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United States Consulate General

Skidmore, Owings & Merrill

Shared By

mkrochmal, Hanley

Project Name

United States Consulate General

Project Status


Year Completed



150,000 sq. feet


U.S. Department of State


  • Guangzhou Design Institute (GZDI)
  • Skidmore, Owings & Merrill, Chicago
  • Landscape Architect: Tom Leader Studio
  • Geotechnical Engineer: Schnabel Engineering
  • Rolf Jensen & Associates
  • WSP—Flack + Kurtz
  • Weidlinger Associates
  • Cini Little International
  • Edgett Williams Consulting Group
  • Claude R. Engle Lighting Consultants
  • Archiluce International
  • Project Cost Government Service
  • Cerami & Associates
  • Shen Milsom Wilke
  • Maryland Office Interiors
  • General Contractor: BL Harbert International, China Huashi Enterprises Co.
  • Bruce Damonte Photography

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Project Description

Category: Work
For the jury, Skidmore, Owings & Merrill (SOM)’s new U.S. consulate in Guangzhou, China, sends an important message: “The consulate building is representative of a quality that we want to continue to see in foreign projects, where our soft culture can be embraced,” juror Sheila Kennedy said.

The 150,000-square-foot building’s unfussy massing and frank expression lent it a degree of candor and simplicity that propelled it to the top of the heap. Where so many diplomatic buildings abroad seem to deploy heavy-handed rhetoric, SOM’s shoots for understatement, using local materials and brightly lit façades at either end of the tube-shaped main structure to give it a sense of warmth and welcome. The jurors also expressed their admiration for the building’s “softening-edge component,” the extensive use of wood and joinery that frame many of its interiors and that are visible here and there behind glass plates on the exterior.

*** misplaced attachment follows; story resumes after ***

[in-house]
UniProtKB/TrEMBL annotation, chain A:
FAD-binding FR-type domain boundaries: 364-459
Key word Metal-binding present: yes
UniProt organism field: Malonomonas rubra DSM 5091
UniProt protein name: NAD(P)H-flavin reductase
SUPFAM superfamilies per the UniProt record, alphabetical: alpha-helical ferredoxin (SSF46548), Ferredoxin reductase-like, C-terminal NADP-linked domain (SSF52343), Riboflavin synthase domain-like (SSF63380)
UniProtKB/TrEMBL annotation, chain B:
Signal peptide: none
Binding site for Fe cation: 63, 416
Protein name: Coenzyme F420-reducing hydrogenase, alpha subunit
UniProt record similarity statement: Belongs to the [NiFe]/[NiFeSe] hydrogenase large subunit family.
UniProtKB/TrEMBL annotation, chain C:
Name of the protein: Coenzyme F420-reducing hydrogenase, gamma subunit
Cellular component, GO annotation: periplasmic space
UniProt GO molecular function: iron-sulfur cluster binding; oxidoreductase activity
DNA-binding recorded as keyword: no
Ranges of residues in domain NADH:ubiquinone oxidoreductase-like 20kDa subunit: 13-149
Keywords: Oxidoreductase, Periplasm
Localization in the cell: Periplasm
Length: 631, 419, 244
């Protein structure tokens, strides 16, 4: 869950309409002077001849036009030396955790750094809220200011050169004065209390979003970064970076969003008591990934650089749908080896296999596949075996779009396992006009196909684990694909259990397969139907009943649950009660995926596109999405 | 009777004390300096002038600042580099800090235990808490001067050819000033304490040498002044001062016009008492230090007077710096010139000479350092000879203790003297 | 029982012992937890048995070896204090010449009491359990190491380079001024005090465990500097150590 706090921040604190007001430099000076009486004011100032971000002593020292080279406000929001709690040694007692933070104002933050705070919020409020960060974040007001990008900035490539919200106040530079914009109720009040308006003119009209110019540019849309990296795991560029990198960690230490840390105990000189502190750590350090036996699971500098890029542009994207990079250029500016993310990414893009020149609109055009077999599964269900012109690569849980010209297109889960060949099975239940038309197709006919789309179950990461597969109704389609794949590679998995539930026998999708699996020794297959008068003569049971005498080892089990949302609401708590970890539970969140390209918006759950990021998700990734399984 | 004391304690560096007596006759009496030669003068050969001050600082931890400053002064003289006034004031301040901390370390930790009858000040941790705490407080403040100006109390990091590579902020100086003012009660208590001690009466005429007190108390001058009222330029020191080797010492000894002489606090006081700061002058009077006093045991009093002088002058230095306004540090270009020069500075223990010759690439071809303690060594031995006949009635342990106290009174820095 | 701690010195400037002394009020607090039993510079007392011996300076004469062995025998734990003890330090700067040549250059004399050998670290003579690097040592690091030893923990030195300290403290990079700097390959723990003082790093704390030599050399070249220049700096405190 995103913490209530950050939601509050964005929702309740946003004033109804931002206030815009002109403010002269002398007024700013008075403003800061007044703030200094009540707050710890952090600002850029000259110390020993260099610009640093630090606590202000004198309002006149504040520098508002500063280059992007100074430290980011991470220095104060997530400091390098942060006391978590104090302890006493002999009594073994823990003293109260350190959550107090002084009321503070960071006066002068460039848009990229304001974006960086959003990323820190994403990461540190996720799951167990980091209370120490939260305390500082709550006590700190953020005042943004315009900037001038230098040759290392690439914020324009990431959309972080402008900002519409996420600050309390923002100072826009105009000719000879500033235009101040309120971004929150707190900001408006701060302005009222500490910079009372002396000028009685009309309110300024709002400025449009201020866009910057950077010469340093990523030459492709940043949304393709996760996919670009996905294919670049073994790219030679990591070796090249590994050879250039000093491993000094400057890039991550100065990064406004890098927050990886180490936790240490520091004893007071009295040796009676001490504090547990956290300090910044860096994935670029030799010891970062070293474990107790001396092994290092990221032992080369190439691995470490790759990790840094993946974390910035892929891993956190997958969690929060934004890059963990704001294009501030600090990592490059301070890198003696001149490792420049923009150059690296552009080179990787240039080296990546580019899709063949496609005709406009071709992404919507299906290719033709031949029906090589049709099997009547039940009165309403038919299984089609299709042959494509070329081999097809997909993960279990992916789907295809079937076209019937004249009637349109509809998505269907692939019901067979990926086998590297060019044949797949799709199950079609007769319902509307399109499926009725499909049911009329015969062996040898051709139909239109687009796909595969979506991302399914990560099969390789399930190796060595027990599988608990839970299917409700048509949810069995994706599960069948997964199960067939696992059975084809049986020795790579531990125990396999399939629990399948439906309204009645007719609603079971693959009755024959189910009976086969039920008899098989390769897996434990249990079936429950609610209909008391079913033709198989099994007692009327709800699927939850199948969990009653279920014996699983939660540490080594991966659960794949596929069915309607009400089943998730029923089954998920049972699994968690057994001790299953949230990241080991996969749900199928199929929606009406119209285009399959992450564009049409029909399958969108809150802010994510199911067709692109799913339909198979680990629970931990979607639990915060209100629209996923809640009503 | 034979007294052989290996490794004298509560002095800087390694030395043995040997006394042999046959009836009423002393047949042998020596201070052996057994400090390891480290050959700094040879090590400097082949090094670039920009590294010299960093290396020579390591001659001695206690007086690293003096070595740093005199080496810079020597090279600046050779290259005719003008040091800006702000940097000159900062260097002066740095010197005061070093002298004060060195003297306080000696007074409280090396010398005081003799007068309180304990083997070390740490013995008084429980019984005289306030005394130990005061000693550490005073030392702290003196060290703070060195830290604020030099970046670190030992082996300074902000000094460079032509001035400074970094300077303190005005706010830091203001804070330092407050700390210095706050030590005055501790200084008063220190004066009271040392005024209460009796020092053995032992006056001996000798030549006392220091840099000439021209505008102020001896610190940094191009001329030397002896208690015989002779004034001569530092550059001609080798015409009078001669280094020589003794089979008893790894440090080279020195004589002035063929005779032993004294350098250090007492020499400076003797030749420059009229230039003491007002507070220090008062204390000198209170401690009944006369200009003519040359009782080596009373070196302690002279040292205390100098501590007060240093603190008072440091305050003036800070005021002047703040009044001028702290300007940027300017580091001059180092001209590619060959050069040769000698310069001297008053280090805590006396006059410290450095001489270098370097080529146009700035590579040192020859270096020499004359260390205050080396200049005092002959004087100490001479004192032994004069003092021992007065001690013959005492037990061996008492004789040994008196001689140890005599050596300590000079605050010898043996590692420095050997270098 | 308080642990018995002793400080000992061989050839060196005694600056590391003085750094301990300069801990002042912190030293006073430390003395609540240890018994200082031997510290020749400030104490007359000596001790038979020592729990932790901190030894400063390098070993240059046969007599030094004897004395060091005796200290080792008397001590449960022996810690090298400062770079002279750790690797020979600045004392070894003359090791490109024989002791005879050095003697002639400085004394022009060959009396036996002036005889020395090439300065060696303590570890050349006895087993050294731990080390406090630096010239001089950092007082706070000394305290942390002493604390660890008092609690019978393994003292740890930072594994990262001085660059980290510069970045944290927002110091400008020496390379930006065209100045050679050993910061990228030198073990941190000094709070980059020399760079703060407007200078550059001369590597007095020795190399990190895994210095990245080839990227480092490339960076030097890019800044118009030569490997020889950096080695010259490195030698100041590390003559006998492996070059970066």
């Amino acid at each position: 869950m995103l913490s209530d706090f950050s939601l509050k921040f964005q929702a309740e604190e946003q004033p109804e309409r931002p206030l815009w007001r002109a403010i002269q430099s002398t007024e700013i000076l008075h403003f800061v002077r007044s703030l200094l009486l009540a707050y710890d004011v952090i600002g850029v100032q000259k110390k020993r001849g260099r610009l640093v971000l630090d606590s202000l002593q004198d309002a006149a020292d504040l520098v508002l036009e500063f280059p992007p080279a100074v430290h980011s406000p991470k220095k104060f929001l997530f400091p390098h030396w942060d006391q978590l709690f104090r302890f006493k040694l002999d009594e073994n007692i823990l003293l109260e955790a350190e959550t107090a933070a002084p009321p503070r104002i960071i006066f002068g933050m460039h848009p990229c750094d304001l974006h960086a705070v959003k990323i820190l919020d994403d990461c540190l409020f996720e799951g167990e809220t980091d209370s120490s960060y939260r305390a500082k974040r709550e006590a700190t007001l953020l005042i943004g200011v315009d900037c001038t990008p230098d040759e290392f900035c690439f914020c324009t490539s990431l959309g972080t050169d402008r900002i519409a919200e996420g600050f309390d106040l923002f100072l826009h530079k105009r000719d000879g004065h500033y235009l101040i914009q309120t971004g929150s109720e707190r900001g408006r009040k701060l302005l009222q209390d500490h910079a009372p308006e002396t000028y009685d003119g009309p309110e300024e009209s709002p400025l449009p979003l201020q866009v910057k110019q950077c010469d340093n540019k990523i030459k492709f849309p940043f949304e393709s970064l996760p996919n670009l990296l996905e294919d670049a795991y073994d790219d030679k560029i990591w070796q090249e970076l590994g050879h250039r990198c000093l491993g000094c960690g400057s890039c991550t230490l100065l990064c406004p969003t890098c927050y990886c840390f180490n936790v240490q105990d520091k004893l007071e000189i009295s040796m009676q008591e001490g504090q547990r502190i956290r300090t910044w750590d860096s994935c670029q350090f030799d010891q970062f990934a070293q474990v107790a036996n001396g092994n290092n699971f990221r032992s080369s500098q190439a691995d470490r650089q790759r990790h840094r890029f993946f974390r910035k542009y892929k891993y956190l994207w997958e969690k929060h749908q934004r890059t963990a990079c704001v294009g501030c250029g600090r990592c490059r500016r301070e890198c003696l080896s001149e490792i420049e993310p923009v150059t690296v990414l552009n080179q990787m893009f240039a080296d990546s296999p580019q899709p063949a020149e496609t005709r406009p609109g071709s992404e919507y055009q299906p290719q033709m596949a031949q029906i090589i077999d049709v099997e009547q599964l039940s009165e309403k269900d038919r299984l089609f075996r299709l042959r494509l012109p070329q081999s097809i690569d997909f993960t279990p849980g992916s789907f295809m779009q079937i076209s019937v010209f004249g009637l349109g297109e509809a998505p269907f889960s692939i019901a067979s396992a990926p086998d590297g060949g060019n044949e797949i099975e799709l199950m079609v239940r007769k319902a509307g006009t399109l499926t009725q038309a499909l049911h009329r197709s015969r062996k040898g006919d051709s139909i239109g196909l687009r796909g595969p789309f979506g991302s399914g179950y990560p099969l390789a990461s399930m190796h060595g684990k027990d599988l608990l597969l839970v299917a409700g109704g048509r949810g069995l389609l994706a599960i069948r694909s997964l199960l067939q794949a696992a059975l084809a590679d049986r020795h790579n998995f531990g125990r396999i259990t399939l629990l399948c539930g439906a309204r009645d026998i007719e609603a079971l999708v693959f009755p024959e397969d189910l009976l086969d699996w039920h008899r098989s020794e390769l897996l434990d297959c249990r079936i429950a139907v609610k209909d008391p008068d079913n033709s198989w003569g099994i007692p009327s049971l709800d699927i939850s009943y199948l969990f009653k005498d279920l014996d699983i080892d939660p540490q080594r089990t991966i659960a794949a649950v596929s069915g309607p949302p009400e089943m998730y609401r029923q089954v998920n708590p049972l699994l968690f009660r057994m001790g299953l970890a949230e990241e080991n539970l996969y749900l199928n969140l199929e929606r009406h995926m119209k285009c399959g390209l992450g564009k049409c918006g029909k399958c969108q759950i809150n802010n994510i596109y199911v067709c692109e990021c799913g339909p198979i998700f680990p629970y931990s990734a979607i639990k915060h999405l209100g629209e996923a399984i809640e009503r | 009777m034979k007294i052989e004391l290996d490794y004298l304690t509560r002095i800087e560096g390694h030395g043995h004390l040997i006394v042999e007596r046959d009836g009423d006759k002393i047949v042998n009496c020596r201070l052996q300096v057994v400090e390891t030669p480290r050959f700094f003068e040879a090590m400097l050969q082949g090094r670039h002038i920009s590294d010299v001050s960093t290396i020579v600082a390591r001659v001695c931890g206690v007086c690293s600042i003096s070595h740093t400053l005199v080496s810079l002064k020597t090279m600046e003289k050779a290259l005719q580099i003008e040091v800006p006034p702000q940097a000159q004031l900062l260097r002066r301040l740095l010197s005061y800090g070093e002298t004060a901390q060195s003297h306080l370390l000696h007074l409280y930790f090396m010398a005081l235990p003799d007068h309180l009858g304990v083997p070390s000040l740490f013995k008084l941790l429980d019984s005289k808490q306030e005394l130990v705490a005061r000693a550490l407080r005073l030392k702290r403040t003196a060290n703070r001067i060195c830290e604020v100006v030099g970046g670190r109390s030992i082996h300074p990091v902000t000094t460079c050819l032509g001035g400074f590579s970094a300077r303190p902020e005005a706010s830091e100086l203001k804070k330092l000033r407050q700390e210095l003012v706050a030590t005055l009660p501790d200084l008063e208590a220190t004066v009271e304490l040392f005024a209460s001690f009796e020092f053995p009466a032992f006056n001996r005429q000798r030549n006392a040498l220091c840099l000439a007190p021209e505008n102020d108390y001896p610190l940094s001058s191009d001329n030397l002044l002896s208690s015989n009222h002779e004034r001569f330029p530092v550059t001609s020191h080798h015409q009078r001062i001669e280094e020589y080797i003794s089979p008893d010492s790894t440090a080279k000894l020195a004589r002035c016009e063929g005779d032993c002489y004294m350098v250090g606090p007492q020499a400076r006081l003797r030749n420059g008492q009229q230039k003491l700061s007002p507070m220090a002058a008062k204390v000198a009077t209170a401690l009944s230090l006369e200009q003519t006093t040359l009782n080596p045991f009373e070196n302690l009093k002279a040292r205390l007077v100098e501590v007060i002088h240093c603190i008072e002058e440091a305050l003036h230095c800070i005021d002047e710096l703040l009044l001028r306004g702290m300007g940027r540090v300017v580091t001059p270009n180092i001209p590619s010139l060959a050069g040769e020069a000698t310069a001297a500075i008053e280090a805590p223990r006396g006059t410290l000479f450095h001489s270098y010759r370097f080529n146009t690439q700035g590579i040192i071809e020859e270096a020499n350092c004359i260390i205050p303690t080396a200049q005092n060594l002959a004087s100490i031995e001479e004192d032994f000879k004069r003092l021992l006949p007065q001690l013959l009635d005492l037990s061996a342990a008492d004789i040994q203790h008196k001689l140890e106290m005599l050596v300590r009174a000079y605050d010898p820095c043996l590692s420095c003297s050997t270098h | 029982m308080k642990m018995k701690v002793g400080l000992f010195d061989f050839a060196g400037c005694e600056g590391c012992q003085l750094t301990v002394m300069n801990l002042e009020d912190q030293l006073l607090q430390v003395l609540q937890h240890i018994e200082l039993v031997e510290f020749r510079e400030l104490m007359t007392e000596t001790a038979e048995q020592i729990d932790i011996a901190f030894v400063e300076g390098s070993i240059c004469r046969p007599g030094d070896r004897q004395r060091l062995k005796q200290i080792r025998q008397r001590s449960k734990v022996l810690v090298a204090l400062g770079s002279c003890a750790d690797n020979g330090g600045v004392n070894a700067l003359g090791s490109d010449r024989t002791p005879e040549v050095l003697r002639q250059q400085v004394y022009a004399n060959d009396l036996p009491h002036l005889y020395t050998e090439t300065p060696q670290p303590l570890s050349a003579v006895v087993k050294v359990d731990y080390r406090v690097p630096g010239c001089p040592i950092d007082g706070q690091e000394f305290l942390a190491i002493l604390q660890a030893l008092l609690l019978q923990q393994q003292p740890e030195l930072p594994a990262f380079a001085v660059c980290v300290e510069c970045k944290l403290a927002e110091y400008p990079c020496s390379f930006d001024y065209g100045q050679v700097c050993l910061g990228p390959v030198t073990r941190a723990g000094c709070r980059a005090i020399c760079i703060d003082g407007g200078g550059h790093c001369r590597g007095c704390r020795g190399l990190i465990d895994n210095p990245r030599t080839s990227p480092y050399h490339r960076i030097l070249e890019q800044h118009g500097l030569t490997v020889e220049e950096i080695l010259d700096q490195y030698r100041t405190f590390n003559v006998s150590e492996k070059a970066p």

Occupying a 7.5-acre lot in the city’s Pearl River New Town district, the project is as important for the extensive landscaping that surrounds it as for the building itself. Though the compound is necessarily separated from the surrounding streets by screening facilities—one of the rigors of the security-heavy brief—the gardens and paved areas are decidedly public in character, the pathways lined in a locally quarried stone that also clads the body of the consulate. Even the perimeter buildings, through which visitors must pass to enter the consulate area, are given a sensitive, urban character, each topped with a long green roof and a broad marquee that extends toward the sidewalk.

Kennedy praised the project further as an “idea-driven” workplace, one that brings “ideas about the public nature of the workplace into the site.” The consulate, she concluded, is an office with “soul.” —Ian Volner
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